We’ve done a little bit of exploring. There’s much more to see, but we’re really trying not to look like tourists. It’s not like I have blonde hair and blue eyes or anything.
Over the last two days we’ve walked about fifteen miles (24.14 km) seeing various places around the city.
We know how to get to Plaza Vea which is a grocery store. They’ve got a lot of basic stuff here. It’s kind of like a Safeway or something. They also sell some of your basic small home appliances here. You can buy fresh bread for like $.30USD. We don’t typically eat bread, but since we have no idea how to cook Peruvian food yet we’ve bought bread twice now. Haha. Peru sells their milk on shelves in the aisle, as in it’s not refrigerated. Kind of freaky, kind of awesome. We also saw quail eggs and chicken eggs on a shelf at the check-out. This is normal. (Oh, and the egg yolks are the brightest orange I have ever seen – even compared to our backyard chickens!)
The woman in the deli at Plaza Vea was incredibly sweet trying to work with us as we asked for chicken without pork in it for Bear. We kept trying to find different ways to say “pollo sin jamón por favor.” Poor lady; she had no idea what we were asking for. We had no idea what she was saying. Finally we were able to figure out a couple words with the help of our pocket dictionary, and he asked for turkey instead of chicken. Then, she asked us how many grams we wanted. Grams? Crap. She tried asking us how many kilos. Shoot. We guessed and said, “100 grams.” When she finally handed us the turkey there were about four slices in it. Haha. All that work for four slices of turkey.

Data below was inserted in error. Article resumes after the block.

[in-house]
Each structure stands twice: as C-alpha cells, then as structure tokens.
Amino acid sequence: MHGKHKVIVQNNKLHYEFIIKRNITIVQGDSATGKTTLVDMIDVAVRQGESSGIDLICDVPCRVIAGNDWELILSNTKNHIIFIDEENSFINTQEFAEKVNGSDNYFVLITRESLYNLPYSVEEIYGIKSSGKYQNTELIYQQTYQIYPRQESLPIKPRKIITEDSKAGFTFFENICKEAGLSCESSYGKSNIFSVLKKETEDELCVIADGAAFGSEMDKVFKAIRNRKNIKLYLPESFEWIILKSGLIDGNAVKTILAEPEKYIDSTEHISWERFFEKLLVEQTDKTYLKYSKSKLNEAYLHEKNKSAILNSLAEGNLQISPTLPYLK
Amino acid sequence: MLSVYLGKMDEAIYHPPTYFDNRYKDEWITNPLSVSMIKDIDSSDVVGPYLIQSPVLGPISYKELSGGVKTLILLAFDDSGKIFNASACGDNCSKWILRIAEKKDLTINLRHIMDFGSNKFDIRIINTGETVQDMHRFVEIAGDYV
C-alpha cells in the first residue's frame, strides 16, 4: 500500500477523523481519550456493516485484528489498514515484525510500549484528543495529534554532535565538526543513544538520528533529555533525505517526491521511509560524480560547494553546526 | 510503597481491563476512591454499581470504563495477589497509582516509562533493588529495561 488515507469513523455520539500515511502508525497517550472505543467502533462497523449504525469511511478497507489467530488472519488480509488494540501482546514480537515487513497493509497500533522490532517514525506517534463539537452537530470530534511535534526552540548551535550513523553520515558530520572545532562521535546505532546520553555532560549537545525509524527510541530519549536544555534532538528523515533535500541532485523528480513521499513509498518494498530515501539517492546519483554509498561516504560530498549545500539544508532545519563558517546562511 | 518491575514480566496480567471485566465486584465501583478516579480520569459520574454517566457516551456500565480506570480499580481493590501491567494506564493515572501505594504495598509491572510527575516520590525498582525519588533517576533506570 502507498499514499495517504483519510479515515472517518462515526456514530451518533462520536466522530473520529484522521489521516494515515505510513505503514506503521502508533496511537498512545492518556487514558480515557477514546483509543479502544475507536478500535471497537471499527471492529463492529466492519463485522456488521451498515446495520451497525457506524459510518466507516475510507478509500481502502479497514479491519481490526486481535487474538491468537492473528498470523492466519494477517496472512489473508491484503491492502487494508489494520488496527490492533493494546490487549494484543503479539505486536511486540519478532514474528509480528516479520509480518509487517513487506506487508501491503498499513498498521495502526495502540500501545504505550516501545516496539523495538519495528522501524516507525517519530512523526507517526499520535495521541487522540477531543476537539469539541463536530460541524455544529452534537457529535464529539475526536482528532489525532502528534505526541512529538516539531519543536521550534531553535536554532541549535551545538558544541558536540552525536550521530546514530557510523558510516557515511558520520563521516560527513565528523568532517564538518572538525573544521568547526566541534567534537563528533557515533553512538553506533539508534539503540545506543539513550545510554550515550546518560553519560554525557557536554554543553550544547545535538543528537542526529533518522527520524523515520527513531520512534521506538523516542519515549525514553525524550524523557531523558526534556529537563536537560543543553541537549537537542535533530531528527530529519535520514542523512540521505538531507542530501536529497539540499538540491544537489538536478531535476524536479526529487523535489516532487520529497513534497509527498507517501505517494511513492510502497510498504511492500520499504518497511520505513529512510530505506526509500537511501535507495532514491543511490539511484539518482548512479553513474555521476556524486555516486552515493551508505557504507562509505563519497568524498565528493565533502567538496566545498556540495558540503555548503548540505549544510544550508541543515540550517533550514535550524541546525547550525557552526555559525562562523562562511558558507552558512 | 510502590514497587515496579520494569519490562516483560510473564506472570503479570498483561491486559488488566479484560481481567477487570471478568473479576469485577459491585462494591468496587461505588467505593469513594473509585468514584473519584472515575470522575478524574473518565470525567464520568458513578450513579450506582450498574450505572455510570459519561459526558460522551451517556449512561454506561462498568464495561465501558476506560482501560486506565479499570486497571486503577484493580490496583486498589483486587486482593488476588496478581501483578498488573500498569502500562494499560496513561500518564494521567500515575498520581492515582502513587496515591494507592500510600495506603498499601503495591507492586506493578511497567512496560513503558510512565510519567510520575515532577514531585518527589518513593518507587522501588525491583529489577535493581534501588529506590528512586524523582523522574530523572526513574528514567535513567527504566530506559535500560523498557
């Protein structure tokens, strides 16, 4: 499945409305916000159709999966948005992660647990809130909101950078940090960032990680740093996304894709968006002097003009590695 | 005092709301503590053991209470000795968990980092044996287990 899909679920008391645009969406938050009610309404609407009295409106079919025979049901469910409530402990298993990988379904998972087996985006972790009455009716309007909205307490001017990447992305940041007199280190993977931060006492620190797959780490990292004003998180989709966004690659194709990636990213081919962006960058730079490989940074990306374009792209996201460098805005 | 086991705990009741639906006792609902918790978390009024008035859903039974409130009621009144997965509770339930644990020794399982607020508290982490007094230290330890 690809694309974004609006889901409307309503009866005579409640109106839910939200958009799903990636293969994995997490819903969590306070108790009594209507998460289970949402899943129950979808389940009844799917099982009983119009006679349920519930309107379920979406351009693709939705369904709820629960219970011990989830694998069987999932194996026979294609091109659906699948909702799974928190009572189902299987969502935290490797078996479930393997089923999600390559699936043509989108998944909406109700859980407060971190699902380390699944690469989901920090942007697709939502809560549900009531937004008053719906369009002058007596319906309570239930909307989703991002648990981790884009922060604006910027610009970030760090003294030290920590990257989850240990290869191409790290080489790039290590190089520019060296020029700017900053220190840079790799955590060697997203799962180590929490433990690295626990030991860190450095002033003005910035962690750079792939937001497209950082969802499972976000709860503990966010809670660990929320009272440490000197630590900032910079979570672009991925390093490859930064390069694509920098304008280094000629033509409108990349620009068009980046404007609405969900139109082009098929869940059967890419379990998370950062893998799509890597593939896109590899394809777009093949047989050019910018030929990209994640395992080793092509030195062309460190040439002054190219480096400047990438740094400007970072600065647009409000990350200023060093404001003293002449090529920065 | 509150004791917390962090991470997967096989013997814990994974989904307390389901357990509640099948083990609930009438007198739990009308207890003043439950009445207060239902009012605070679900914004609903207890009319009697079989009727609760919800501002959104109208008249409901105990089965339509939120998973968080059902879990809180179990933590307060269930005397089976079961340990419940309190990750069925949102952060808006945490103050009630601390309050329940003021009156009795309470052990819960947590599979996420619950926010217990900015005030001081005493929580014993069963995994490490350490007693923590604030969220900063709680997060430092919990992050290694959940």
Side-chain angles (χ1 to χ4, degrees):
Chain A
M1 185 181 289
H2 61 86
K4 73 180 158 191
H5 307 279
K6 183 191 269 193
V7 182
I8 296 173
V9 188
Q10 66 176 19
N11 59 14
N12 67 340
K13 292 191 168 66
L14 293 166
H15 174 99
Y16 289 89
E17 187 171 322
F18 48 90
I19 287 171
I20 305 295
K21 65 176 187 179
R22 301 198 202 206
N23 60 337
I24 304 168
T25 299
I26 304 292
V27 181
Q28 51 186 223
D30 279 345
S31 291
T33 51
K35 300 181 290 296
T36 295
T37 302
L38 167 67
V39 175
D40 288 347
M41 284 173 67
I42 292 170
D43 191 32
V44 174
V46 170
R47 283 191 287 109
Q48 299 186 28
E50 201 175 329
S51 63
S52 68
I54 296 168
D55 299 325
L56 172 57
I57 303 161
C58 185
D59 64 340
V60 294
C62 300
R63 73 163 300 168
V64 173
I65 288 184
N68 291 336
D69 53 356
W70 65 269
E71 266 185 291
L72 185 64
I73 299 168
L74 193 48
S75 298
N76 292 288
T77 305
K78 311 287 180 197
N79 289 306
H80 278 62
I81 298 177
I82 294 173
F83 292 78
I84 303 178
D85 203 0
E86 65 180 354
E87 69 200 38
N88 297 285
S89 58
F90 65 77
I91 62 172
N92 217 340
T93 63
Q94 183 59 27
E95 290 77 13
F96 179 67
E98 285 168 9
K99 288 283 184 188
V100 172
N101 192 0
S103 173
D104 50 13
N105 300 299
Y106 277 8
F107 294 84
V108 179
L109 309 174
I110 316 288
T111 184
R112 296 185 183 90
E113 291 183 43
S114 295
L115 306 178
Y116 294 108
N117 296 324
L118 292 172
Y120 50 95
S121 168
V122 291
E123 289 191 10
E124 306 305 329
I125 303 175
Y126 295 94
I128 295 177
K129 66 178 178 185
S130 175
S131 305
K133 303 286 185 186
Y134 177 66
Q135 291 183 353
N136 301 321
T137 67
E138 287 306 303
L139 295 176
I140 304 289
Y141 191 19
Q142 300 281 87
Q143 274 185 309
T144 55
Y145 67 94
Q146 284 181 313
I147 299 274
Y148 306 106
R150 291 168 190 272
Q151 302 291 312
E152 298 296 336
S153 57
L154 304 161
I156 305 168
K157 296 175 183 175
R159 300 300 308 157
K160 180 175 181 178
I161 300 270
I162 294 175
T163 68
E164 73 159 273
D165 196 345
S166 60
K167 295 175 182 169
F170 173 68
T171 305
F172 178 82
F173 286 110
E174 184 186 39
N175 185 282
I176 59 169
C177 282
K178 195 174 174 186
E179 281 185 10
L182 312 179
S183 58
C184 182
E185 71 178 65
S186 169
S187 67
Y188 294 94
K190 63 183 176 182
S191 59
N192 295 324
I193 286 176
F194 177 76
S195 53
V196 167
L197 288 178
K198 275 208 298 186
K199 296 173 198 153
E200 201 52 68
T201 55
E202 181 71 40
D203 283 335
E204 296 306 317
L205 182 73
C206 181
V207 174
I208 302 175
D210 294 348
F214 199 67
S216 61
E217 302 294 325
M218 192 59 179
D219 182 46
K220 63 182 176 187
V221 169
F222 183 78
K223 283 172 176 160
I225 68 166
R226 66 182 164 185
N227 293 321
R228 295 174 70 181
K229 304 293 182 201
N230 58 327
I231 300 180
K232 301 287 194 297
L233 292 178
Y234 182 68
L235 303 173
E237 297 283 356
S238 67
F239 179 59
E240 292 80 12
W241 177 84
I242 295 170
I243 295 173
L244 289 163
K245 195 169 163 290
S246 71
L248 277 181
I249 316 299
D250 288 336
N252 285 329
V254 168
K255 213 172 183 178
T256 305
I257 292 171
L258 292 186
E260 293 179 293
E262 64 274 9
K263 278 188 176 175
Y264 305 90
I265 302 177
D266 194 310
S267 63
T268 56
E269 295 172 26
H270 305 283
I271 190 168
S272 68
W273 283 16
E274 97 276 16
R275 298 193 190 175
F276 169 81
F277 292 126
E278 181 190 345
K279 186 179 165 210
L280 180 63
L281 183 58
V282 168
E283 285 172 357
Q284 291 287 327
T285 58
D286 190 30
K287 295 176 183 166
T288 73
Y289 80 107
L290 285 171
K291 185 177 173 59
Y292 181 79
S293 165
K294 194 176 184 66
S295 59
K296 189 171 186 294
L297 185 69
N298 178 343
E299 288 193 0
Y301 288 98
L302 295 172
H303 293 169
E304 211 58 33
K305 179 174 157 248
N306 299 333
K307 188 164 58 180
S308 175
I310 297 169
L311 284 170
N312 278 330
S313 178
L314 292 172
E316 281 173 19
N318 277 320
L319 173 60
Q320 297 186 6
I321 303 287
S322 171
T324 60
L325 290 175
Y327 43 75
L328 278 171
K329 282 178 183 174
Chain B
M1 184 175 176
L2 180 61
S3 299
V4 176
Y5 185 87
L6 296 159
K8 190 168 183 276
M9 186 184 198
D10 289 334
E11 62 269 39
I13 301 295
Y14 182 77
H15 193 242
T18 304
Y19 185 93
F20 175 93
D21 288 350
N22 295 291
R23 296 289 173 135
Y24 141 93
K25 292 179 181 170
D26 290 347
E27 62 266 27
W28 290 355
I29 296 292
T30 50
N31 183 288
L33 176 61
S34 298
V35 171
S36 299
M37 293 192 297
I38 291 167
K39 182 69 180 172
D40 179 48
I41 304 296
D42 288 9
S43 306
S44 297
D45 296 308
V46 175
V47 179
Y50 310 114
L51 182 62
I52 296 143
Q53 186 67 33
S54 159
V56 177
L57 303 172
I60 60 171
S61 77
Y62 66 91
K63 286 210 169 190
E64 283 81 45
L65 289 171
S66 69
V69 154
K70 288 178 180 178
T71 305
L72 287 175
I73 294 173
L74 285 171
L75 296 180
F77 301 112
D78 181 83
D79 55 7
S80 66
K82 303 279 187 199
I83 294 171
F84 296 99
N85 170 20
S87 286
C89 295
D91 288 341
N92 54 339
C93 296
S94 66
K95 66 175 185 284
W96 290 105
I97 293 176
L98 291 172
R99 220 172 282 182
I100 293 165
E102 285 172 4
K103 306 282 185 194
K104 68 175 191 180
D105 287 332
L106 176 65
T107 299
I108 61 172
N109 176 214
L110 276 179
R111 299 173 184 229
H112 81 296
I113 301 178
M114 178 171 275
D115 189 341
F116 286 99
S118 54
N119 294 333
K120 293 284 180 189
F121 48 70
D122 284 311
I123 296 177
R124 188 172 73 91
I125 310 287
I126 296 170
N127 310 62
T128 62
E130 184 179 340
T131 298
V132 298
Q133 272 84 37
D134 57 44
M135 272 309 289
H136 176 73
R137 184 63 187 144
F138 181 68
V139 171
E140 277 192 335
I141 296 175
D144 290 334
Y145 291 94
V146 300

We really have to learn Spanish.
We really have to learn the metric system.
We can also get to Metro by foot. This is another grocery store type of place. It’s more like a mini-Walmart (and it has two stories.) Metro a lot of gluten-free options which is awesome. What is weird though is they had no peanut butter. They had jelly and all sorts of other sandwich toppings but no peanut butter.
Our friend, Bee, says this is common. Stores have strange assortments of things. She said it would be helpful to have an app or website that mapped out the city of Arequipa for expats, so we know where to go to find what and for what price. Bear? I’m thinking
we you should consider making this.
We’ve been to Maestro as well (a Home Depot type store) where we found an adaptor.
We’ve been to a couple different banks. We went to one to get USD, but they were out of USD. Then we went to another bank, and they had USD. Now we need to exchange our USD for Soles. The currency exchange rate right now is about 3.20 Soles for every 1USD. The best way to do it seems to be to take USD from el banco and bring it to a place where you can exchange dollars because you get more for your money.
Something about Peru: If your dollar bill has even a tiny rip or tear in it, they will not accept it to exchange. We walked to Plaza de Armas. It’s Arequipa’s 475th birthday this weekend, and the city had over one million people (many who were/are visiting.) Well, we tried to exchange 15USD for Soles so we could get some little things here and there, and they would not take my $10!
Okay, this post is too long already. We’re doing some exploring, and there is much more to explore.